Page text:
Early preparation for spring rituals


January 17, 2000|By Douglas Lamborne | Douglas Lamborne,SPECIAL TO THE SUN

ONE OF THE FEW joys of January is the arrival of seed catalogs amid the tax forms and usual postal detritus. Spring will come, they tell us -- time to start rolling in the dirt.

Bill Morris of Churchton figures to get as many as 20 catalogs, which he will put to good use. He goes rolling in 10 acres of dirt and -- perhaps improbably on a plot so small -- makes a living at it.

January is no time for him to hibernate.

"There's work on the house. I couldn't do it in the summer," he said. "Machinery to be worked on. Work in the greenhouse. It's time to buy supplies, go to agricultural meetings. Farmers like to meet other farmers, learn new technology -- we all learn from one another."

Farmers always find tasks to do. Morris has been doing this for more than a half-century, almost all of it on the family farm. He earned two degrees, both in agriculture, at the University of Maryland.

He stays ahead of the curve by raising what he calls "specialty crops -- raspberries, blackberries, nectarines and white peaches."

When he appears at the Anne Arundel County farmers' markets in Annapolis and Severna Park, he also offers his "heirloom" apples, rarities such as Cox's Orange Pippins or Roxbury Russets.

"Customers appreciate quality, and that's what we bring," he said of the markets, which offer only locally grown food. "At chain stores, produce has been in the pipeline a week. With us, you're buying produce that's been picked within the past 24 hours. My raspberries are picked Friday afternoon and my customers are eating them Saturday morning."

He says he listens closely to what his customers say and will make adjustments.

"There are a lot of different ethnic groups around Annapolis," he said. "This means you might want to think about growing more hot peppers, for example. You try to find niche crops, stuff that people can't find in chain stores."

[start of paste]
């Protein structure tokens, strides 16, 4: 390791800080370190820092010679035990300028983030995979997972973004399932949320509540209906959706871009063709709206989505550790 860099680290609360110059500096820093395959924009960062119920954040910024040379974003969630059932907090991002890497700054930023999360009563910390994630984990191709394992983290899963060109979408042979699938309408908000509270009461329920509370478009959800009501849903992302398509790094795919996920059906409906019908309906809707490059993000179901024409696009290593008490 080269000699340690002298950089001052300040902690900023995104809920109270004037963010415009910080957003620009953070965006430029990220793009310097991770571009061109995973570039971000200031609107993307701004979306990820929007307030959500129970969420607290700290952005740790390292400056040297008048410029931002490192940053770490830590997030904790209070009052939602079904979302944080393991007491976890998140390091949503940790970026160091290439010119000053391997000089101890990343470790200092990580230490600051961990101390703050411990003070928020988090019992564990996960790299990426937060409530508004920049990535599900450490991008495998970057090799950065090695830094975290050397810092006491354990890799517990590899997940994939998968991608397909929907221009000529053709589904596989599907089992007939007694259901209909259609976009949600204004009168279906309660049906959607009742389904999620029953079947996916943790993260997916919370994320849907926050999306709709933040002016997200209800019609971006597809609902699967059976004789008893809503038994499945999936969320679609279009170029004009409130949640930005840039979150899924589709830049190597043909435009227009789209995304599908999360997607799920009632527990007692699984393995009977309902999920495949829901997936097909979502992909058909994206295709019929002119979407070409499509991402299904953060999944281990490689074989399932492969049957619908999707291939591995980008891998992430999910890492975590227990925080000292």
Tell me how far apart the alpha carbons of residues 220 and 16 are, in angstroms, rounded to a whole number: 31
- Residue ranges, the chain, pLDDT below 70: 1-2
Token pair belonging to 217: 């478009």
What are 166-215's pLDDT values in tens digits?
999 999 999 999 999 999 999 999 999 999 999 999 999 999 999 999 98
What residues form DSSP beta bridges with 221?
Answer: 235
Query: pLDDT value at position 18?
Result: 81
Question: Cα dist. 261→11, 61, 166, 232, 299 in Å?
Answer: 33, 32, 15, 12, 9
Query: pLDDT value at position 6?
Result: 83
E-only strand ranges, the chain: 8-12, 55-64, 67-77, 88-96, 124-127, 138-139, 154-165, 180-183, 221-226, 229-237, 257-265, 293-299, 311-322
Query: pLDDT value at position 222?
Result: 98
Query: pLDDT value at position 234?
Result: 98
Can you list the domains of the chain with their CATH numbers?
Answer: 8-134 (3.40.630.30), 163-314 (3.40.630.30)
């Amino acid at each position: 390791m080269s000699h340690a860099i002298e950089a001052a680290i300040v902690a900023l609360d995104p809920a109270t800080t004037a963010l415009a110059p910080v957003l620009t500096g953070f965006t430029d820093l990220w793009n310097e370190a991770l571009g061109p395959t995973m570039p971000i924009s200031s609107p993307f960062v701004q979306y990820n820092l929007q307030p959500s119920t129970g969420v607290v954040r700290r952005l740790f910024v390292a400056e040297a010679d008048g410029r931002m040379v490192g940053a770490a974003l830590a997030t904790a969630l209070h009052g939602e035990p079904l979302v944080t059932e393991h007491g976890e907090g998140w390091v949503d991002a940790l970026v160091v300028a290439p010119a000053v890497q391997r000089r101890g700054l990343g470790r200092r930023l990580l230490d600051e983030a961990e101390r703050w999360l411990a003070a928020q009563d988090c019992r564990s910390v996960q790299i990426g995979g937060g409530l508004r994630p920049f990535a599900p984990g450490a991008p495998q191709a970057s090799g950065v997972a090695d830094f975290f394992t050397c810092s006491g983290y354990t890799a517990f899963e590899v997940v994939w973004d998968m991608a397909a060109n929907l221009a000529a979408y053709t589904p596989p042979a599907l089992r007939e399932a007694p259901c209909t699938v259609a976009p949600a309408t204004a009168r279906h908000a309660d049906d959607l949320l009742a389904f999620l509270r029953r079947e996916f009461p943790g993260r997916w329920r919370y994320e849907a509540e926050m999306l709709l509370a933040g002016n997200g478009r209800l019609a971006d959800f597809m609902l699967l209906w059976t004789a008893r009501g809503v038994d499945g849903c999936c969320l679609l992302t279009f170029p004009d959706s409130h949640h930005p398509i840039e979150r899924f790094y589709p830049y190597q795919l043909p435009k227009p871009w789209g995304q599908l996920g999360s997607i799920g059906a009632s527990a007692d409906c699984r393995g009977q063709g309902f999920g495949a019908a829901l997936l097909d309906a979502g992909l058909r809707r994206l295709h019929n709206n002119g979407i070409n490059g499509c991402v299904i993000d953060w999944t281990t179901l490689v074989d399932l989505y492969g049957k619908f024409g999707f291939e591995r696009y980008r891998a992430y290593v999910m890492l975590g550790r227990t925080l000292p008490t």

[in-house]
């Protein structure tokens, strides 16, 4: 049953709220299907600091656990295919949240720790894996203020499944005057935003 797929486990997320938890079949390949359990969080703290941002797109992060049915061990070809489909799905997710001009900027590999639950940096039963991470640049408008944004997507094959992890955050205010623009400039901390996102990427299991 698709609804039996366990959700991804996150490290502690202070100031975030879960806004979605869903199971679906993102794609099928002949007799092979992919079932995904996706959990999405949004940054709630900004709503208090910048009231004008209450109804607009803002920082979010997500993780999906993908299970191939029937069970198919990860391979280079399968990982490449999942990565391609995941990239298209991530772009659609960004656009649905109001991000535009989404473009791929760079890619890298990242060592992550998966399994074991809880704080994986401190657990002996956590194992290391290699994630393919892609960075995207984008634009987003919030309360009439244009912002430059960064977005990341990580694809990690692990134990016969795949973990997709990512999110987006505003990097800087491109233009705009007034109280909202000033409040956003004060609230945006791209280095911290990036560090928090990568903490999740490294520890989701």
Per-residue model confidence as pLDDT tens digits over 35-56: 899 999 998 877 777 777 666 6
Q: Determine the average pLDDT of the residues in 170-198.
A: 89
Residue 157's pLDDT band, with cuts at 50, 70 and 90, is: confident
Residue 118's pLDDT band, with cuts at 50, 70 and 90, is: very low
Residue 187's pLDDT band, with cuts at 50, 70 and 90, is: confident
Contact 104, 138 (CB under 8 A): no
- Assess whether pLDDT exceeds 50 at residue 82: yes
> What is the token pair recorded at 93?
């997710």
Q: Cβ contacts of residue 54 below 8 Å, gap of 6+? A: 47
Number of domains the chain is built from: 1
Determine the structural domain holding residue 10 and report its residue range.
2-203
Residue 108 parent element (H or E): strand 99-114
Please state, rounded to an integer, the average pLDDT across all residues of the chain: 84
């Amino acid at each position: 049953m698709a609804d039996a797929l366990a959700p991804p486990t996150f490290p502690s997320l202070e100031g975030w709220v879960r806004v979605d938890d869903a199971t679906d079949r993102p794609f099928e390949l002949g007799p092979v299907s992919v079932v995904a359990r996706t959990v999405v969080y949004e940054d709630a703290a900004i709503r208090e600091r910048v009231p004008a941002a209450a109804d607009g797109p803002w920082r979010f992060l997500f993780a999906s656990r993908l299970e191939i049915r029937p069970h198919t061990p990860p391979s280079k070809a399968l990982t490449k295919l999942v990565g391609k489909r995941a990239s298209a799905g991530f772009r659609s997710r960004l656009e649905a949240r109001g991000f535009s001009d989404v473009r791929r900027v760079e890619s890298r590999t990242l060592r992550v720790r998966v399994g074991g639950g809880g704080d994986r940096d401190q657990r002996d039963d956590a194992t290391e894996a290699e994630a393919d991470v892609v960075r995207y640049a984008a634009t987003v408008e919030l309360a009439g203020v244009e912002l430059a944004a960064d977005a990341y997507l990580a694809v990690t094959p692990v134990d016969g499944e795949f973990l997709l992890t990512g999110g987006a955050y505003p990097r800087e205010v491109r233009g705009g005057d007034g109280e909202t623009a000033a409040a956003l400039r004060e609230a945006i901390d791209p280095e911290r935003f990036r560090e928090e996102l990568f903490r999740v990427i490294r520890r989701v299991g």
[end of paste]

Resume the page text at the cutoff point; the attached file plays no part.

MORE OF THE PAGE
Morris rises about 7 these days, something he won't do several months down the road. "In the summer, I'm up at 5: 30. You have to get things done early before it gets too hot. And you work in the evening, usually to 8: 30 or so. It's seven days a week in the summer. Vegetables have to be tended, you know."

What about the recent oddities of weather, summer's droughts and mild winters? "We have a million and a half gallons of water stored in ponds," he said.

What about these signs of spring that seemed upon us? Daffodils have been sprouting, a neighbor's crocus announced itself the other day, and a flowering plum down the street went into full bloom -- all months premature.

"This weather isn't good," said Morris. "Flies are out, deer ticks are alive and well. We had a mild winter last year and what this meant was that my raspberries, for example, came to life weeks ahead of time. And then a hard cold and snow hit them in March and killed the top 15 inches of my plants.

"We need the chilling hours. All these things should be asleep right now."

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